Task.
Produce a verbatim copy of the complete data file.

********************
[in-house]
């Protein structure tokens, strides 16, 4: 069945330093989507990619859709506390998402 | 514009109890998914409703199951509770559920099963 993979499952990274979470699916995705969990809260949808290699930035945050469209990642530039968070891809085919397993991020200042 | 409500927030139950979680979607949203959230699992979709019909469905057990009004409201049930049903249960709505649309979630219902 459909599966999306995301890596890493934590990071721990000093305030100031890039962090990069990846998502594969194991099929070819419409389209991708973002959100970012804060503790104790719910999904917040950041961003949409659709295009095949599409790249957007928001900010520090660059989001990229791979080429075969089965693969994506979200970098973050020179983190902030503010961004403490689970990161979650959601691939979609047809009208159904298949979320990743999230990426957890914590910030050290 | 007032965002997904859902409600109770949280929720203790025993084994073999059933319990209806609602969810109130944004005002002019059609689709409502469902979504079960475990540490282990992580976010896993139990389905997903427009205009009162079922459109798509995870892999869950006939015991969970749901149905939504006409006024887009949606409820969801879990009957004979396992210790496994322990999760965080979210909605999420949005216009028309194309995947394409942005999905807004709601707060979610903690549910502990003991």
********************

[in-house]
């Protein structure tokens, strides 16, 4: 069945330093989507990619859709506390998402 | 514009109890998914409703199951509770559920099963 993979499952990274979470699916995705969990809260949808290699930035945050469209990642530039968070891809085919397993991020200042 | 409500927030139950979680979607949203959230699992979709019909469905057990009004409201049930049903249960709505649309979630219902 459909599966999306995301890596890493934590990071721990000093305030100031890039962090990069990846998502594969194991099929070819419409389209991708973002959100970012804060503790104790719910999904917040950041961003949409659709295009095949599409790249957007928001900010520090660059989001990229791979080429075969089965693969994506979200970098973050020179983190902030503010961004403490689970990161979650959601691939979609047809009208159904298949979320990743999230990426957890914590910030050290 | 007032965002997904859902409600109770949280929720203790025993084994073999059933319990209806609602969810109130944004005002002019059609689709409502469902979504079960475990540490282990992580976010896993139990389905997903427009205009009162079922459109798509995870892999869950006939015991969970749901149905939504006409006024887009949606409820969801879990009957004979396992210790496994322990999760965080979210909605999420949005216009028309194309995947394409942005999905807004709601707060979610903690549910502990003991």